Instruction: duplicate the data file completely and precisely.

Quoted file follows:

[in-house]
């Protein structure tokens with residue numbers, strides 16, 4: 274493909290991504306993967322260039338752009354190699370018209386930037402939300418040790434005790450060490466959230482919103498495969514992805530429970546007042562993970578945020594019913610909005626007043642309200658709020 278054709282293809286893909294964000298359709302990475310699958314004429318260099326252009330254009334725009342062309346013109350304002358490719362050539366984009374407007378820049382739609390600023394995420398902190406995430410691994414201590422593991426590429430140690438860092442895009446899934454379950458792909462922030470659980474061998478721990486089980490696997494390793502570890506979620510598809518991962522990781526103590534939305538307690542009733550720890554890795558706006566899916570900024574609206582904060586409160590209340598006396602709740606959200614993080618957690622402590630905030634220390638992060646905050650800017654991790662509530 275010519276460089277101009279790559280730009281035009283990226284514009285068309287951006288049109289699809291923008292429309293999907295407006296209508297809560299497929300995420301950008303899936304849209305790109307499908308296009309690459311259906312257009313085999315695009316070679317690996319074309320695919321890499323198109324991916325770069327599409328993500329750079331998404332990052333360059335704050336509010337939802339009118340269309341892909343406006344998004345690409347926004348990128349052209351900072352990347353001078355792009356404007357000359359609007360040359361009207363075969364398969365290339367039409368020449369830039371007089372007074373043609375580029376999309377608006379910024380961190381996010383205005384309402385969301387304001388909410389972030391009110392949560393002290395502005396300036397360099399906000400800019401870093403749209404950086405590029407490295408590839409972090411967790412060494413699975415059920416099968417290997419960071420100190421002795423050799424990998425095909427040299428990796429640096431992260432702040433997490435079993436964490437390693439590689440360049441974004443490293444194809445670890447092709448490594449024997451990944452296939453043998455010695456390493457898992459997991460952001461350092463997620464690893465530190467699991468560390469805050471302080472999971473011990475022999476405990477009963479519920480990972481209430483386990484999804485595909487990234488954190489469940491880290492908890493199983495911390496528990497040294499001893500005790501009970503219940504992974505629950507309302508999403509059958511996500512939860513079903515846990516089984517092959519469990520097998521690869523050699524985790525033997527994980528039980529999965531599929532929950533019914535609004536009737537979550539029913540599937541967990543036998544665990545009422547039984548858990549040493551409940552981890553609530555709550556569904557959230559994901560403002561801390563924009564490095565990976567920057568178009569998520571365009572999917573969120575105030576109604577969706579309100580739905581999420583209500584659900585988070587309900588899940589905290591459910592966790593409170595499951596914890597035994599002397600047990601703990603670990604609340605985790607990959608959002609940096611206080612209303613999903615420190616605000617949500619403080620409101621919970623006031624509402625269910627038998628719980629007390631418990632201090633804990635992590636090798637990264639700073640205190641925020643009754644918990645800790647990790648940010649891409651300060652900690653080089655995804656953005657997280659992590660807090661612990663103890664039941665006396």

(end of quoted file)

[in-house]
């Protein structure tokens with residue numbers, strides 16, 4: 274493909290991504306993967322260039338752009354190699370018209386930037402939300418040790434005790450060490466959230482919103498495969514992805530429970546007042562993970578945020594019913610909005626007043642309200658709020 278054709282293809286893909294964000298359709302990475310699958314004429318260099326252009330254009334725009342062309346013109350304002358490719362050539366984009374407007378820049382739609390600023394995420398902190406995430410691994414201590422593991426590429430140690438860092442895009446899934454379950458792909462922030470659980474061998478721990486089980490696997494390793502570890506979620510598809518991962522990781526103590534939305538307690542009733550720890554890795558706006566899916570900024574609206582904060586409160590209340598006396602709740606959200614993080618957690622402590630905030634220390638992060646905050650800017654991790662509530 275010519276460089277101009279790559280730009281035009283990226284514009285068309287951006288049109289699809291923008292429309293999907295407006296209508297809560299497929300995420301950008303899936304849209305790109307499908308296009309690459311259906312257009313085999315695009316070679317690996319074309320695919321890499323198109324991916325770069327599409328993500329750079331998404332990052333360059335704050336509010337939802339009118340269309341892909343406006344998004345690409347926004348990128349052209351900072352990347353001078355792009356404007357000359359609007360040359361009207363075969364398969365290339367039409368020449369830039371007089372007074373043609375580029376999309377608006379910024380961190381996010383205005384309402385969301387304001388909410389972030391009110392949560393002290395502005396300036397360099399906000400800019401870093403749209404950086405590029407490295408590839409972090411967790412060494413699975415059920416099968417290997419960071420100190421002795423050799424990998425095909427040299428990796429640096431992260432702040433997490435079993436964490437390693439590689440360049441974004443490293444194809445670890447092709448490594449024997451990944452296939453043998455010695456390493457898992459997991460952001461350092463997620464690893465530190467699991468560390469805050471302080472999971473011990475022999476405990477009963479519920480990972481209430483386990484999804485595909487990234488954190489469940491880290492908890493199983495911390496528990497040294499001893500005790501009970503219940504992974505629950507309302508999403509059958511996500512939860513079903515846990516089984517092959519469990520097998521690869523050699524985790525033997527994980528039980529999965531599929532929950533019914535609004536009737537979550539029913540599937541967990543036998544665990545009422547039984548858990549040493551409940552981890553609530555709550556569904557959230559994901560403002561801390563924009564490095565990976567920057568178009569998520571365009572999917573969120575105030576109604577969706579309100580739905581999420583209500584659900585988070587309900588899940589905290591459910592966790593409170595499951596914890597035994599002397600047990601703990603670990604609340605985790607990959608959002609940096611206080612209303613999903615420190616605000617949500619403080620409101621919970623006031624509402625269910627038998628719980629007390631418990632201090633804990635992590636090798637990264639700073640205190641925020643009754644918990645800790647990790648940010649891409651300060652900690653080089655995804656953005657997280659992590660807090661612990663103890664039941665006396």